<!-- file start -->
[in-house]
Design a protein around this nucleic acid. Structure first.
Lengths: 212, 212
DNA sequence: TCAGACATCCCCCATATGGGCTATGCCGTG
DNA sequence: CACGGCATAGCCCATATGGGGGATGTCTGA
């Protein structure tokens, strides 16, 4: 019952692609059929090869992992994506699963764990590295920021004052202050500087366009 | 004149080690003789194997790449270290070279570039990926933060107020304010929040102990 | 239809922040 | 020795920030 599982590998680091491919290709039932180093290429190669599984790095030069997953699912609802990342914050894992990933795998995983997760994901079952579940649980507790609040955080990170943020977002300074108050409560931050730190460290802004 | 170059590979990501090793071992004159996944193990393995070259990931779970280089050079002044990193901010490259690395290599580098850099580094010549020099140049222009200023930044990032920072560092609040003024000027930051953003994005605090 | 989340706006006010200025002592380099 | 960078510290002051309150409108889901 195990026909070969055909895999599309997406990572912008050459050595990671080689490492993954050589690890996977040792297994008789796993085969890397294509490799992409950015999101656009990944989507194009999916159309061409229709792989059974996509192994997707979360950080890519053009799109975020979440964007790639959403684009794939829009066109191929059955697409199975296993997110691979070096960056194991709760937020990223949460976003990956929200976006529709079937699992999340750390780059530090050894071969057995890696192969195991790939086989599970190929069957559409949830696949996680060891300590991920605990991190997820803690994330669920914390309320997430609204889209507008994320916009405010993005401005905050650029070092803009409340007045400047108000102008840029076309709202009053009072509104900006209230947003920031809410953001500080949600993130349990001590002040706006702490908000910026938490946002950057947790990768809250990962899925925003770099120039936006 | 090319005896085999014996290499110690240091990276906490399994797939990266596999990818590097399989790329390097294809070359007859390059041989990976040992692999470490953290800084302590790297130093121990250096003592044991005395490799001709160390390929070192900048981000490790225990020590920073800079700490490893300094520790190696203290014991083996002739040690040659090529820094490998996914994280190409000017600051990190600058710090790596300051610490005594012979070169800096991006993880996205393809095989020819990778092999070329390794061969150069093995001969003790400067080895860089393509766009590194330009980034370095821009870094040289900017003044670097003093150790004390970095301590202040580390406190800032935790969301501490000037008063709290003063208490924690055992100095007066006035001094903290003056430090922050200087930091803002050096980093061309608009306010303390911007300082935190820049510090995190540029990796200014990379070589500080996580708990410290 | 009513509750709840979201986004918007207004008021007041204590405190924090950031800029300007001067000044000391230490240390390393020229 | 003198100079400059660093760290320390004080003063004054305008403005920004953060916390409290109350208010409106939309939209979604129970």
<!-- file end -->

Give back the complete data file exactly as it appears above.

[in-house]
Design a protein around this nucleic acid. Structure first.
Lengths: 212, 212
DNA sequence: TCAGACATCCCCCATATGGGCTATGCCGTG
DNA sequence: CACGGCATAGCCCATATGGGGGATGTCTGA
């Protein structure tokens, strides 16, 4: 019952692609059929090869992992994506699963764990590295920021004052202050500087366009 | 004149080690003789194997790449270290070279570039990926933060107020304010929040102990 | 239809922040 | 020795920030 599982590998680091491919290709039932180093290429190669599984790095030069997953699912609802990342914050894992990933795998995983997760994901079952579940649980507790609040955080990170943020977002300074108050409560931050730190460290802004 | 170059590979990501090793071992004159996944193990393995070259990931779970280089050079002044990193901010490259690395290599580098850099580094010549020099140049222009200023930044990032920072560092609040003024000027930051953003994005605090 | 989340706006006010200025002592380099 | 960078510290002051309150409108889901 195990026909070969055909895999599309997406990572912008050459050595990671080689490492993954050589690890996977040792297994008789796993085969890397294509490799992409950015999101656009990944989507194009999916159309061409229709792989059974996509192994997707979360950080890519053009799109975020979440964007790639959403684009794939829009066109191929059955697409199975296993997110691979070096960056194991709760937020990223949460976003990956929200976006529709079937699992999340750390780059530090050894071969057995890696192969195991790939086989599970190929069957559409949830696949996680060891300590991920605990991190997820803690994330669920914390309320997430609204889209507008994320916009405010993005401005905050650029070092803009409340007045400047108000102008840029076309709202009053009072509104900006209230947003920031809410953001500080949600993130349990001590002040706006702490908000910026938490946002950057947790990768809250990962899925925003770099120039936006 | 090319005896085999014996290499110690240091990276906490399994797939990266596999990818590097399989790329390097294809070359007859390059041989990976040992692999470490953290800084302590790297130093121990250096003592044991005395490799001709160390390929070192900048981000490790225990020590920073800079700490490893300094520790190696203290014991083996002739040690040659090529820094490998996914994280190409000017600051990190600058710090790596300051610490005594012979070169800096991006993880996205393809095989020819990778092999070329390794061969150069093995001969003790400067080895860089393509766009590194330009980034370095821009870094040289900017003044670097003093150790004390970095301590202040580390406190800032935790969301501490000037008063709290003063208490924690055992100095007066006035001094903290003056430090922050200087930091803002050096980093061309608009306010303390911007300082935190820049510090995190540029990796200014990379070589500080996580708990410290 | 009513509750709840979201986004918007207004008021007041204590405190924090950031800029300007001067000044000391230490240390390393020229 | 003198100079400059660093760290320390004080003063004054305008403005920004953060916390409290109350208010409106939309939209979604129970």